Supply chain issues can also limit access to tools that help us harvest our own food. Those of us who rely on boats to harvest ocean foods, such as ringed seals, belugas and narwhals, have found that it can take up to two years to buy an outboard motor and have it shipped.

This reality makes supporting our Inuit way of living all the more crucial. Our traditional foods are nutritious: Every animal and plant we consume is wild, organic and full of vitamins and omega-3 fatty acids that surpass anything found in chicken eggs or olive oil.

Sharing our foods is also how we help take care of those who do not have access to the land or ocean. When the pandemic began, many Inuit communities launched programs to give direct financial assistance to individual hunters who share their harvests, as well as to community networks that distribute these foods, especially those that focus special attention on our Elders.

The morning after that first fish in 2014, my body ached so much from the previous day’s labour that I barely managed to get out of my sleeping bag. I ventured out into the already bright, sunny day in the early hours of the morning to try my luck at jigging again. As the morning went on, the weather started to deteriorate; the winds picked up and a storm started coming in. Everyone quickly packed up camp and headed to the nearest emergency cabin to wait out the blizzard overnight. As I lay down to sleep that night, I had to pound my upper right arm with my left fist: It was twitching from hooking so many fish. The next morning we started the journey home.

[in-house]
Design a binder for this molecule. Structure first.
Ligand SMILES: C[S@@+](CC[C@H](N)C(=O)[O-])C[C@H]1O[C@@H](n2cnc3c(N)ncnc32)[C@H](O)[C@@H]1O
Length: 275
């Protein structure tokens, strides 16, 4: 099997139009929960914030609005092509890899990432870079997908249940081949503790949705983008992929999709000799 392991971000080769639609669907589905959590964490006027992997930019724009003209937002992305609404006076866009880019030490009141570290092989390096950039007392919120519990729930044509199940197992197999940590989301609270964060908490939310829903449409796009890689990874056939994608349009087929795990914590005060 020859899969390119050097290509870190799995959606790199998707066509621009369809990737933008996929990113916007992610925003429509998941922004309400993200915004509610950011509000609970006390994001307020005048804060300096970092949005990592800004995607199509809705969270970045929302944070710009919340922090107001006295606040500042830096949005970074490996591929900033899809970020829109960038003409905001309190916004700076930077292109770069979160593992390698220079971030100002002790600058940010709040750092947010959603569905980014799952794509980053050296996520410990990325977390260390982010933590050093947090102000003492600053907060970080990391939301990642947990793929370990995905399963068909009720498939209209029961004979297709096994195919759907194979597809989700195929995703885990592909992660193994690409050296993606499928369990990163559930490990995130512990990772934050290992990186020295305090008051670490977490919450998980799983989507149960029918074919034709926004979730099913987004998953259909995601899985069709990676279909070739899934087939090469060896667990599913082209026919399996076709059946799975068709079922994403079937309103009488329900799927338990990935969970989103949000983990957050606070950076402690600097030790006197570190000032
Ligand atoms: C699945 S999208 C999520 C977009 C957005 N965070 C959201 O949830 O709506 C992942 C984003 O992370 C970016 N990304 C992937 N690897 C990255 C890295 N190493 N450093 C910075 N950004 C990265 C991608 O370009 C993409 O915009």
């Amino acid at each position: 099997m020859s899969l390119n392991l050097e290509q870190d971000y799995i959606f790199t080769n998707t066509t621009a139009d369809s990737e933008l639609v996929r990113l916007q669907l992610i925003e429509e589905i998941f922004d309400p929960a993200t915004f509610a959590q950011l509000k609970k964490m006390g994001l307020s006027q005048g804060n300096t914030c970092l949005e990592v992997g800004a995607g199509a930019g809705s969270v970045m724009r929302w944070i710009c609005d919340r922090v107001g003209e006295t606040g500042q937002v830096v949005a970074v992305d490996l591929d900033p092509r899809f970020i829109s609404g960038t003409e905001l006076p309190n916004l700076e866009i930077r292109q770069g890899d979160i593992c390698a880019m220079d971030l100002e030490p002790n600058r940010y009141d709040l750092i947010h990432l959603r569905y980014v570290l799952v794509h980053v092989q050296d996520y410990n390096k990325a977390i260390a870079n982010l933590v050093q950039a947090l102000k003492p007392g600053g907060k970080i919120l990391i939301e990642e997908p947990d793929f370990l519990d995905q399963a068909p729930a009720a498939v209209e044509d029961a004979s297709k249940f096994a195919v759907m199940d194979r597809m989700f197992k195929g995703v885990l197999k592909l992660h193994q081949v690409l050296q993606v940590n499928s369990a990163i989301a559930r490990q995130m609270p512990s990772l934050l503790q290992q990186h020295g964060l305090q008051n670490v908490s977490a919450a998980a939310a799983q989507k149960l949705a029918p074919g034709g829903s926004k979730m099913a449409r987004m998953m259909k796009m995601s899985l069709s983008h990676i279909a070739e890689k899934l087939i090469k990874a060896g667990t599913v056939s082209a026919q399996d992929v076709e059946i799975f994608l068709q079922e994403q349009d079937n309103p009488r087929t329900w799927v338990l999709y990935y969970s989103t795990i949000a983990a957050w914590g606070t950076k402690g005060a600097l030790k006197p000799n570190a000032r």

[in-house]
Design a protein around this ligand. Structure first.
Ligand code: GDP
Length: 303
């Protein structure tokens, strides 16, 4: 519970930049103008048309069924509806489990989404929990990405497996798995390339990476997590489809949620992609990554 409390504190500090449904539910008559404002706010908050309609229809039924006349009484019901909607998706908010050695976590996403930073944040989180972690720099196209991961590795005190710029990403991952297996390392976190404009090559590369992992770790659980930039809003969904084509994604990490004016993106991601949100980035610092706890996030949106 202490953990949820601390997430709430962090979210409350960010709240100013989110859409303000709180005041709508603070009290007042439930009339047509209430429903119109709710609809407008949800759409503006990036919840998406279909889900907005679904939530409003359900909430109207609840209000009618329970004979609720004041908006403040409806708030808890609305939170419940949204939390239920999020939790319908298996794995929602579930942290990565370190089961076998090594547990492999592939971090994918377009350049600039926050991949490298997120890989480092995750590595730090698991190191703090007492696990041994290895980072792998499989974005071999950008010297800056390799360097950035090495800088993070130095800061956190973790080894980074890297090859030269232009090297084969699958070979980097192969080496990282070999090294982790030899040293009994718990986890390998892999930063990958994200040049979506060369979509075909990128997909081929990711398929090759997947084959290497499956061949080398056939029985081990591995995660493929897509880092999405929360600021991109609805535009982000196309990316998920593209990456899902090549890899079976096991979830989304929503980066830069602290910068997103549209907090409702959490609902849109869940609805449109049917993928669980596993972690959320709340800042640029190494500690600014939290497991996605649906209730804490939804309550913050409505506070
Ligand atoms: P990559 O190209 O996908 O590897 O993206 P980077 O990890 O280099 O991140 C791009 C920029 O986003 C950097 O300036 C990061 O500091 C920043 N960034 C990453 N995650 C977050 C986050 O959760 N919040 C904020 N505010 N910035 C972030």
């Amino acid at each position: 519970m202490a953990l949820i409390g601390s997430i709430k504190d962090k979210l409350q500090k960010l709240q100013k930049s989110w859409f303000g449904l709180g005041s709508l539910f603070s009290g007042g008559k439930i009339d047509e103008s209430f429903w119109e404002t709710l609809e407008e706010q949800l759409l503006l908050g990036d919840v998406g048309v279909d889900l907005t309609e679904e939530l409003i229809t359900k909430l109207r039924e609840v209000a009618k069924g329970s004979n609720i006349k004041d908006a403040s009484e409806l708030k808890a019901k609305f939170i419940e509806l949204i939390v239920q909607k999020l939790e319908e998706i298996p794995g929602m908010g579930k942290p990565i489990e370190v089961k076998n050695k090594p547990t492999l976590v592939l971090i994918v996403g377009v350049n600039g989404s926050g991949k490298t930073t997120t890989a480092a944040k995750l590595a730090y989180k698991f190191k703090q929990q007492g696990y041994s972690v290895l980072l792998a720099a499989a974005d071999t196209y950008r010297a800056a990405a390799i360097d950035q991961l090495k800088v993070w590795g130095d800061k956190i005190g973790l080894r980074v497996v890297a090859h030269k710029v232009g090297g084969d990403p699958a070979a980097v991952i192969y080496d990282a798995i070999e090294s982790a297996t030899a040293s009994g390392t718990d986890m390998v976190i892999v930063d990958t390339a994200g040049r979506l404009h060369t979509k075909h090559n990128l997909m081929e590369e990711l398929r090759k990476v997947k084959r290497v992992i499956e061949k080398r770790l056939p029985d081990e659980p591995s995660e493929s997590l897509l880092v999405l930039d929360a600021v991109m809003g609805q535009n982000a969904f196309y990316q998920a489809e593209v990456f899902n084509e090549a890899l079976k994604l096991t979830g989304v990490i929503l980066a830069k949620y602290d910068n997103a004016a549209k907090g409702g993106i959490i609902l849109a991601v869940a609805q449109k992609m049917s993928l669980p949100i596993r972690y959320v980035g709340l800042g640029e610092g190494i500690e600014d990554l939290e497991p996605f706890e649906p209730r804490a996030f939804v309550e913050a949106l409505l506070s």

It was snowing so hard on the way back that there were times when I couldn’t even see my friend Pat’s bright-red jerry cans tied to the back of her qamutiik. When I started to slow down, my sister- in-law appeared to my left. “You have to keep up!” she yelled. Would I be left behind? Would I freeze to death? These thoughts seem preposterous now, but I was truly that scared. I gunned the throttle and prayed to God, my late mother and all my ancestors to guide me and help me not veer off a cliff or crash into a boulder. We made it home.


To this day, not a trip goes by that doesn’t amaze me, or inspire awe. The landscape is so breathtakingly beautiful here. And these days, I can easily keep up. We now have a kakivak, a traditional fish spear, that we used for the first time last year, and it’s so addictive. Regular ice fishing involves dropping your lure through an eight-inch hole and jigging until you feel a tug; unless you lie on your stomach, it’s hard to see fish swim by. When you use a kakivak, the hole is bigger, which accommodates the angle at which you spear and allows you to see the fish easily. The aim is to spear them through the gills, leaving the meat untouched. It is so exhilarating to watch schools of fish swim by. It’s like you want to catch them all.